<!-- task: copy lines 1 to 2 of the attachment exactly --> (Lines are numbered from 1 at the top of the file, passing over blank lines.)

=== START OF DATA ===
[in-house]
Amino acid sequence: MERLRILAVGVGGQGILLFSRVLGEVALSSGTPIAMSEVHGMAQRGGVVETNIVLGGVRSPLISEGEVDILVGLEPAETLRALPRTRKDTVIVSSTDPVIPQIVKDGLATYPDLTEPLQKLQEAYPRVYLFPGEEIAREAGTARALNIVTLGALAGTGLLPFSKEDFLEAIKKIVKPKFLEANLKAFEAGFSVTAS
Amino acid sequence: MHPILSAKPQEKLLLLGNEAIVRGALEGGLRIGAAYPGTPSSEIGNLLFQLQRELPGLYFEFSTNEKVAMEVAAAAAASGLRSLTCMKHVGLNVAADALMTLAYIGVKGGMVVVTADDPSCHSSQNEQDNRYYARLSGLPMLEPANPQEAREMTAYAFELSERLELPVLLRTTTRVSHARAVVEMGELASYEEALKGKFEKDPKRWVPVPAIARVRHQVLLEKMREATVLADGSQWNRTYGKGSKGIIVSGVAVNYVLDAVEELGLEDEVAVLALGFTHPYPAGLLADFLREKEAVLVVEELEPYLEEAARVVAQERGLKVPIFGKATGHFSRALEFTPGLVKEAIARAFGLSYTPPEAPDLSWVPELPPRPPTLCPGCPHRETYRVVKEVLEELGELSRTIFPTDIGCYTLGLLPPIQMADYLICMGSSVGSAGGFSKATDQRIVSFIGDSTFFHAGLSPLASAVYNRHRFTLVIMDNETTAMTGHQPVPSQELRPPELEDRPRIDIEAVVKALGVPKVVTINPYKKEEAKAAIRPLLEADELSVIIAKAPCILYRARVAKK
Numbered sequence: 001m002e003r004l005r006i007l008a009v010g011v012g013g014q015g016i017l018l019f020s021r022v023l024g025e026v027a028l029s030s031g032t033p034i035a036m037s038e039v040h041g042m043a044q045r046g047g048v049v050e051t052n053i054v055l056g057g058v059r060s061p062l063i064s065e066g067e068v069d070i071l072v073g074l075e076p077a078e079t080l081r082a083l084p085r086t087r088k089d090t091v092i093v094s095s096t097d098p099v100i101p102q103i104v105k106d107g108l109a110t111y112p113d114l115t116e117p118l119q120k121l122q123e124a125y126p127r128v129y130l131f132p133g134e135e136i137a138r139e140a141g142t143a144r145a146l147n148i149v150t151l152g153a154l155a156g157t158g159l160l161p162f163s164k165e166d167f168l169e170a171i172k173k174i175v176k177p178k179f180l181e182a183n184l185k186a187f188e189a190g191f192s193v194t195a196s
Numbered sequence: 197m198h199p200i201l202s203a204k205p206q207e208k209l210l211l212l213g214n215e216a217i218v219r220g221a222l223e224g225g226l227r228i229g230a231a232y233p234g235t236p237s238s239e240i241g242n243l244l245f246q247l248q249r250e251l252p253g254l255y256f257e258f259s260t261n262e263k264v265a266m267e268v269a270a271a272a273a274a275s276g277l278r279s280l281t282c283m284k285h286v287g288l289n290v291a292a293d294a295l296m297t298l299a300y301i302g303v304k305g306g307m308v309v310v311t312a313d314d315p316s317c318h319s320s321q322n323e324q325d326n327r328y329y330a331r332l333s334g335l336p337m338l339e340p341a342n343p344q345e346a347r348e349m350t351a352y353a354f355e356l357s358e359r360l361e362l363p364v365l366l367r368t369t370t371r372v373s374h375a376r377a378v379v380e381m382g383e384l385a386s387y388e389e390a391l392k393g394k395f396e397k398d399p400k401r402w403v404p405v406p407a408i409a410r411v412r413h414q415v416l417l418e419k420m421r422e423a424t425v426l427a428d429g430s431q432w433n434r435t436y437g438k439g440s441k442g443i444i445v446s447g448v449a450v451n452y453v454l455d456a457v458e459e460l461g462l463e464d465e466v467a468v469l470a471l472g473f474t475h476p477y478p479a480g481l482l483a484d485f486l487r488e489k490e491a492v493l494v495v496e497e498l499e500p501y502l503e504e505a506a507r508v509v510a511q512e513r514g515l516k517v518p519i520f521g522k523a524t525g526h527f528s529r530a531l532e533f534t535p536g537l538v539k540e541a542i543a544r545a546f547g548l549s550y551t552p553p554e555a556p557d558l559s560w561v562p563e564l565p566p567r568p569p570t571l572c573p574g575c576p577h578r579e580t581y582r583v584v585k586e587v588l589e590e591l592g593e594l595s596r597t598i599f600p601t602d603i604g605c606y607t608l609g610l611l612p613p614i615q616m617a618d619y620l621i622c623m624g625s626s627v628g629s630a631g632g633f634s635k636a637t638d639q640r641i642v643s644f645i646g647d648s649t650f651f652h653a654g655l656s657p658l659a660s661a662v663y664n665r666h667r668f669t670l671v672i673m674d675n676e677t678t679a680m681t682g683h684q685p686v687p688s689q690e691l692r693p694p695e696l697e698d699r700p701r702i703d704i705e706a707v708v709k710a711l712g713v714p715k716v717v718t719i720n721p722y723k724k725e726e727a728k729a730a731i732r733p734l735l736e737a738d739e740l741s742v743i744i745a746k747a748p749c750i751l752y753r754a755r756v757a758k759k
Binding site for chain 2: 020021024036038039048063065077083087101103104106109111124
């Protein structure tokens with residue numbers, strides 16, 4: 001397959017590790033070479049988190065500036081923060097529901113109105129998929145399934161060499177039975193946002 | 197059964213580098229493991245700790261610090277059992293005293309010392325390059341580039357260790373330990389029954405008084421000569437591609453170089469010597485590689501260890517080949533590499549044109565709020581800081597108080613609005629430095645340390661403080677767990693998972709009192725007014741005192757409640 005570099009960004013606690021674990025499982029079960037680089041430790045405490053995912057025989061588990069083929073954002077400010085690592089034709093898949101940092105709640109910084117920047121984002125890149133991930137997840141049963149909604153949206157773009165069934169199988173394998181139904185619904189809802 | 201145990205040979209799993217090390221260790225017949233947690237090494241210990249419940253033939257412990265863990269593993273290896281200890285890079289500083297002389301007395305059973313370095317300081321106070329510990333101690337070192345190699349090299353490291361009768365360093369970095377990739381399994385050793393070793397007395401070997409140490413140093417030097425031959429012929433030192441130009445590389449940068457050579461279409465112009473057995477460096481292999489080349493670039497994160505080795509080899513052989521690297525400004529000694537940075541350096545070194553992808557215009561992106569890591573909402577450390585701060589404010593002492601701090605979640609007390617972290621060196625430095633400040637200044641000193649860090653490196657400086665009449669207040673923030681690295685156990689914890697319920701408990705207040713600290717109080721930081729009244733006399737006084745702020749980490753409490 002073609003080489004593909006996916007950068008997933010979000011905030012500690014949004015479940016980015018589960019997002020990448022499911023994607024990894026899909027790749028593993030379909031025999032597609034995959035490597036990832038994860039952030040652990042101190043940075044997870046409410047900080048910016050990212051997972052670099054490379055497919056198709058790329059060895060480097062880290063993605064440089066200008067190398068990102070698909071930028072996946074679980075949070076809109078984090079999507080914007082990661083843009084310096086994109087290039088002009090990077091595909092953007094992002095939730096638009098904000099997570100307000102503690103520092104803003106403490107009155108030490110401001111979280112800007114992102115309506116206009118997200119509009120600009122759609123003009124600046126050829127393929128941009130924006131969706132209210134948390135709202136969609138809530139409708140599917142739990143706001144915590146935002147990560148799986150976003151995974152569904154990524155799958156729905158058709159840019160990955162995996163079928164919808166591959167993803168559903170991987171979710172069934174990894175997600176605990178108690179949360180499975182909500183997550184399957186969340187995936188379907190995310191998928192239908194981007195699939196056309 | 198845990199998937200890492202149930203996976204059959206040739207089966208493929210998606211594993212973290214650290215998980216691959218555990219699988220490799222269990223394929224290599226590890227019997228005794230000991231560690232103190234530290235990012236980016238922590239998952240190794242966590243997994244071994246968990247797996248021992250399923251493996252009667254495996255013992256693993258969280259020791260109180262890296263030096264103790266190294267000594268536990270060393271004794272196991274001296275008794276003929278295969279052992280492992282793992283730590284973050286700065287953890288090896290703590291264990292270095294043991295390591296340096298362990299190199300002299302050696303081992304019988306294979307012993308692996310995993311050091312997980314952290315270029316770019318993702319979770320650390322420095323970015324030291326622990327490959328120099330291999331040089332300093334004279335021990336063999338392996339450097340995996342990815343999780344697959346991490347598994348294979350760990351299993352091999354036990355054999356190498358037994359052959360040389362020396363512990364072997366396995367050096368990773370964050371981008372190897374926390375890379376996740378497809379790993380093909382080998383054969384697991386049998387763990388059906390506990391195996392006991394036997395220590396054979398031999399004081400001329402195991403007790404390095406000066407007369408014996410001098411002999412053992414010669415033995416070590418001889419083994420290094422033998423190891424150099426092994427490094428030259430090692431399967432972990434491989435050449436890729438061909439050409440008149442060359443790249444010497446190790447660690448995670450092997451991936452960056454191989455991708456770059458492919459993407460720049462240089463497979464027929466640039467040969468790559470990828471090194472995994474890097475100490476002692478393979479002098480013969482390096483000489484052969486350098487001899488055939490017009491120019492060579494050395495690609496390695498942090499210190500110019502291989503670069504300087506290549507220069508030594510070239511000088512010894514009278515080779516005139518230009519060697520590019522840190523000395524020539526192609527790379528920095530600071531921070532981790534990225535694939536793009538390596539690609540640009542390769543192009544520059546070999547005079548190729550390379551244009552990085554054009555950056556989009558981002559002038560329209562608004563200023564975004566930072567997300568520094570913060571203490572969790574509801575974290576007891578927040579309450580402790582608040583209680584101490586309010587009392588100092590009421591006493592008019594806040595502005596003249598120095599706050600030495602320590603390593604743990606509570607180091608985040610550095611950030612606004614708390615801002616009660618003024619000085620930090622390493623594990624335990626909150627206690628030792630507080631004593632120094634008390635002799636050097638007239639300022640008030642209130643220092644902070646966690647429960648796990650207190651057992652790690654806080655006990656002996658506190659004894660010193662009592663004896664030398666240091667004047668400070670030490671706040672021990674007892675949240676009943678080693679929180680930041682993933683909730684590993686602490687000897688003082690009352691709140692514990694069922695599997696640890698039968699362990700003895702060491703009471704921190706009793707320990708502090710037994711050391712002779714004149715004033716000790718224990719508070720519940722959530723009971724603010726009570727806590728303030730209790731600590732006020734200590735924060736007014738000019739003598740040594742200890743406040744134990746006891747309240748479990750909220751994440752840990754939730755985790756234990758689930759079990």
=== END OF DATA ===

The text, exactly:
[in-house]
Amino acid sequence: MERLRILAVGVGGQGILLFSRVLGEVALSSGTPIAMSEVHGMAQRGGVVETNIVLGGVRSPLISEGEVDILVGLEPAETLRALPRTRKDTVIVSSTDPVIPQIVKDGLATYPDLTEPLQKLQEAYPRVYLFPGEEIAREAGTARALNIVTLGALAGTGLLPFSKEDFLEAIKKIVKPKFLEANLKAFEAGFSVTAS